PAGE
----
Student Snippets A Window Into The Daily Life & Thoughts of SLIS Students

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Corporate Archive

I work in a corporate archive.  When I took LIS438 (Introduction to Archival Methods and Services) last spring, one of the questions someone asked me was what the main difference is between a corporate archive and a historical archive, besides the obvious fact that the corporate archive only hosts documents pertaining to the institution I work for.  The one I can think of, off the top of my head, is that our legal department gets to determine how documents should come to the archive, and what shape they should be in when they get there.  One of the first things I learned while I was doing my first archival internship at the Worcester Historical Museum was just how much I should appreciate the lovely uniformity of the records that I got every day in the corporate archive – everything organized and arranged just so before they even got to me.   Of course, at the historical archive there was always the excitement of opening a box and having only the vaguest of ideas what might be…


Let’s Talk About Being Poor

Let’s face it: deciding to pursue my graduate degree in Library and Information Science from a private college isn’t the most fiscally responsible decision I’ve ever made.  When I informed my husband – who was at that time starting his own PhD program and netting around 30k/year for around 90 hours of work a week – that I wanted to get my LIS degree, and that we would ultimately be in the hole more or less 50k, it was…not received with great enthusiasm.  Coming from Wisconsin, finances are viewed fairly differently there.  30k is more than enough money for a couple to live fairly comfortably; we rented a GORGEOUS lofted one-bedroom, two bathroom, apartment for $900/month.  Then, stupid Carolyn…we moved into a tiny, 500 square-foot 1-bedroom for $2100/month, plus utilities and parking.  That ranks among the all-time stupidest decisions I have ever made. Ultimately, though, we decided to move into a much more reasonably priced apartment – a 1 bedroom + den for $1650.  Affordable!  That’s a word I haven’t heard in recent memory.  Let’s…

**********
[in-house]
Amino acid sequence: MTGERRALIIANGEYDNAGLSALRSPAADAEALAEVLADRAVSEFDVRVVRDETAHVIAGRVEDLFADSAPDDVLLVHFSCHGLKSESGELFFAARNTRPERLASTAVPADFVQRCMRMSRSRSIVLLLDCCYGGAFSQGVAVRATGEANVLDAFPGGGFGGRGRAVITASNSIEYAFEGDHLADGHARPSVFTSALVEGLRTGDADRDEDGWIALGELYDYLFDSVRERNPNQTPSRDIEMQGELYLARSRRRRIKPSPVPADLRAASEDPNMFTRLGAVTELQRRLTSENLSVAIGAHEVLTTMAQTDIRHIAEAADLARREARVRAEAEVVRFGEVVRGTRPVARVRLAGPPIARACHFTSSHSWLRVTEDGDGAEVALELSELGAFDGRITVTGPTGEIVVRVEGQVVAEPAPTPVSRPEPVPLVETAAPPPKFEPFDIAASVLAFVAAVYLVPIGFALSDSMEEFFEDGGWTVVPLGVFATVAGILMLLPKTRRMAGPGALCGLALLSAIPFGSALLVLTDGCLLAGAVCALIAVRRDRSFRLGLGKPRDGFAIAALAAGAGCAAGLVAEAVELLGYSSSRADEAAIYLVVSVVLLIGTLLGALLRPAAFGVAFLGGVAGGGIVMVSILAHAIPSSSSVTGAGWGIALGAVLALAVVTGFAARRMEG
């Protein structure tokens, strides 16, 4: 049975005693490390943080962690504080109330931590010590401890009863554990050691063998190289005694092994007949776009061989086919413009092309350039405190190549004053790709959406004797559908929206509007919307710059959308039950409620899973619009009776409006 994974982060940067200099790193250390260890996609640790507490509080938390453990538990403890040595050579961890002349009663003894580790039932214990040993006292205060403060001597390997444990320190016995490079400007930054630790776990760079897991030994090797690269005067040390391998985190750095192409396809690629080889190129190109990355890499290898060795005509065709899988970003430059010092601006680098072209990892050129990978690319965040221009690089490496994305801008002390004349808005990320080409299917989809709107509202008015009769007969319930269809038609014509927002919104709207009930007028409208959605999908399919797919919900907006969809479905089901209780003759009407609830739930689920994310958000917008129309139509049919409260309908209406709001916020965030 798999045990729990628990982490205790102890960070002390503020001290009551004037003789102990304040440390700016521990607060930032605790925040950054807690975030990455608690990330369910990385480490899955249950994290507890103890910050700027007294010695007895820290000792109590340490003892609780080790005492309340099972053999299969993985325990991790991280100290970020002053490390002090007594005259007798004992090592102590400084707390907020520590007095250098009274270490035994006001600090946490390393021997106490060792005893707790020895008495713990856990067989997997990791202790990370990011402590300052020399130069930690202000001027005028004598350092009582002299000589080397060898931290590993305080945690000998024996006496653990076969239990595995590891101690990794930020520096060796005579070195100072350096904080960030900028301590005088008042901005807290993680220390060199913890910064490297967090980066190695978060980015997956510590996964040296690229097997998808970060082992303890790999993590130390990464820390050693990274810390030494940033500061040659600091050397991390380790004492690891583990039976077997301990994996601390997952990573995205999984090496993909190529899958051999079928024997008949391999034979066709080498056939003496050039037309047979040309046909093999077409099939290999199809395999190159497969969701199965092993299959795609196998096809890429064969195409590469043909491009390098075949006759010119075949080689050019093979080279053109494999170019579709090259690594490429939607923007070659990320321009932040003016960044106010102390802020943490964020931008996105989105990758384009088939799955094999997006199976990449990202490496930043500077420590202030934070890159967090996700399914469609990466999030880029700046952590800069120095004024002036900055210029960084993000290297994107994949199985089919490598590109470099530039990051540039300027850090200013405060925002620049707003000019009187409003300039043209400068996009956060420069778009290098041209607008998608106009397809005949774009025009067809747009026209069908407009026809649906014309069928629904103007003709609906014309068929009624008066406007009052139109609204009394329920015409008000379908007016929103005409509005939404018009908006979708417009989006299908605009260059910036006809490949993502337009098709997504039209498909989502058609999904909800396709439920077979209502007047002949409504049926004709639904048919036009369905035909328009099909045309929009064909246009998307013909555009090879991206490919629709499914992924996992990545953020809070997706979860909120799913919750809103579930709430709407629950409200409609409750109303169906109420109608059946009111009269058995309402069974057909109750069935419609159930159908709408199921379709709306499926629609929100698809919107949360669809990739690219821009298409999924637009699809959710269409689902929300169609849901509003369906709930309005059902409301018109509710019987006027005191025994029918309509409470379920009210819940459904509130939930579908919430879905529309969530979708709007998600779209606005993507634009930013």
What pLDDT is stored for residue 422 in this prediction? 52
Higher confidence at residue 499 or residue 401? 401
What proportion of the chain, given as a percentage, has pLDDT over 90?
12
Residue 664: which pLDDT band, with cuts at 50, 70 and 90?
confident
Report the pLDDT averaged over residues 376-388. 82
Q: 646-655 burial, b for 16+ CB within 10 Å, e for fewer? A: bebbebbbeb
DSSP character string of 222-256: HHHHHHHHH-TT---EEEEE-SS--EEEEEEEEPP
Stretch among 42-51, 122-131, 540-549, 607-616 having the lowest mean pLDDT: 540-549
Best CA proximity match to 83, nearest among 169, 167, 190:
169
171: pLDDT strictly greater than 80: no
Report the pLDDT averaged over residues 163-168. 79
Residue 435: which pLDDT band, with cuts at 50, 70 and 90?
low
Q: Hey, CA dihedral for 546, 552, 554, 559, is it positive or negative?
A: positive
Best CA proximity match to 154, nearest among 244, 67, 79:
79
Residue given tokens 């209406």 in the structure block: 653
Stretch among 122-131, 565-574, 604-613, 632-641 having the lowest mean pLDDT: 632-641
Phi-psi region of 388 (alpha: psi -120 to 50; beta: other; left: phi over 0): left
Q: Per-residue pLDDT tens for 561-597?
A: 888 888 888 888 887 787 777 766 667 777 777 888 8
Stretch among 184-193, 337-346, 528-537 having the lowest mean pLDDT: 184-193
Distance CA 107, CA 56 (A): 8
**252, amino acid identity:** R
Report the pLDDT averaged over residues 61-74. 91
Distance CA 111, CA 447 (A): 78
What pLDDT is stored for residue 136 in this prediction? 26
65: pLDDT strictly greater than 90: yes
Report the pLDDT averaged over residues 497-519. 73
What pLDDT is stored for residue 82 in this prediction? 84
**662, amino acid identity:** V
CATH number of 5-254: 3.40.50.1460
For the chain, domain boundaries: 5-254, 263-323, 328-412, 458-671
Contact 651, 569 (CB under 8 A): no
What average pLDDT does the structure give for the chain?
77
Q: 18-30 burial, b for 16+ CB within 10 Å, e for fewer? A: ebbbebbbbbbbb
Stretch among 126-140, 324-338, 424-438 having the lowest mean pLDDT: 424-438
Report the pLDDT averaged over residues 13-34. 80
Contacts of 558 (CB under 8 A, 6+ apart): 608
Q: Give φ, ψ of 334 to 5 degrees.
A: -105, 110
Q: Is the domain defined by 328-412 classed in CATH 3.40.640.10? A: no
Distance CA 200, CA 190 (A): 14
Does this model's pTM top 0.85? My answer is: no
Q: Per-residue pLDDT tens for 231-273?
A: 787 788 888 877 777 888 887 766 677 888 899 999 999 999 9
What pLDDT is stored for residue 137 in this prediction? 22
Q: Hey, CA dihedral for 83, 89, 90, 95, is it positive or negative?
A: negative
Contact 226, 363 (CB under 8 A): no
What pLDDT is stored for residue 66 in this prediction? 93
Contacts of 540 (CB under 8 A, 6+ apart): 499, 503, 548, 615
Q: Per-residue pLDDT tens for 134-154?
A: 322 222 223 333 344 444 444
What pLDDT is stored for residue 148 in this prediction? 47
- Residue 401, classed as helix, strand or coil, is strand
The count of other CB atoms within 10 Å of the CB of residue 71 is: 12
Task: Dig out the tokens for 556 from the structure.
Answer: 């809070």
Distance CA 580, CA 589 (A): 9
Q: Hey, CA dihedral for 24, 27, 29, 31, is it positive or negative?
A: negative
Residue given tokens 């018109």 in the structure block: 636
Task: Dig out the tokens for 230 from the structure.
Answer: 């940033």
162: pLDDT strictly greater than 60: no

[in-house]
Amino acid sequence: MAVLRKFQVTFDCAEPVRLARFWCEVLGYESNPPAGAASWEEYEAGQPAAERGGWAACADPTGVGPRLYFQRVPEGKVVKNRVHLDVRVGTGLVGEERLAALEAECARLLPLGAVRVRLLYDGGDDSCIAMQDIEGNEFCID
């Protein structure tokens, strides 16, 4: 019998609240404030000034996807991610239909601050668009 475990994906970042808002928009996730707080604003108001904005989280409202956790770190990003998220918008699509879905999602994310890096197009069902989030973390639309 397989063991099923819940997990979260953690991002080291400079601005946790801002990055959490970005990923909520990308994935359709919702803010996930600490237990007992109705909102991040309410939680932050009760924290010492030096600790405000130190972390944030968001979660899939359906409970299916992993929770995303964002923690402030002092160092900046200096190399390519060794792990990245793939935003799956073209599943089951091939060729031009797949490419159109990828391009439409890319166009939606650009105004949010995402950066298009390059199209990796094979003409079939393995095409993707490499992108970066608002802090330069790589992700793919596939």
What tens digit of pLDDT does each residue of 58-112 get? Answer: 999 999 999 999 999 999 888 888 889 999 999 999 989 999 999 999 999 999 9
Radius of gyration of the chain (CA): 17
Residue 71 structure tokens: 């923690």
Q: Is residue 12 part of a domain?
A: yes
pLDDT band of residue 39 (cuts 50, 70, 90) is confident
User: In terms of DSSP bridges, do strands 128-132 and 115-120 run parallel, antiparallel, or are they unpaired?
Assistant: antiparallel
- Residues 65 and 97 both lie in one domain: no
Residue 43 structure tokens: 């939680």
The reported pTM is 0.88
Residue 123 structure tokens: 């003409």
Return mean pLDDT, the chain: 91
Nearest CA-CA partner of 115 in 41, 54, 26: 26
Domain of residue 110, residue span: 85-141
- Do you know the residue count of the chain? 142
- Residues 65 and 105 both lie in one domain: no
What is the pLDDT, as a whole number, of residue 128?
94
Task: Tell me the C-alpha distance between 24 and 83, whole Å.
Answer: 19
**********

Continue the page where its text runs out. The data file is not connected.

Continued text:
Not Your Typical Reference Librarian – Or How I Found My Career

2014 just started – and I already feel like we’re in the middle of the year!  This time of the year is always so busy, because you’re turning over a new leaf, trying to develop all of these habits – and also attempting to remember to re-vaccinate the dog, to take the car in to be inspected, and so much more.  But the biggest thing that I am excited about for 2014 is that I am now fully employed – in an amazing position that I am so excited about.  I have spoken in this blog before about the traditional library position, and how I just don’t seem to fit that mold.  In several of the classes there is talk about other types of libraries that one could make a career out of, including law libraries and medical libraries.  For me, the records management class consisted primarily of talking about small local-government records management – but all of these subsets really only scratch the surface of the types of jobs that exist.  For me, I…


The Desired End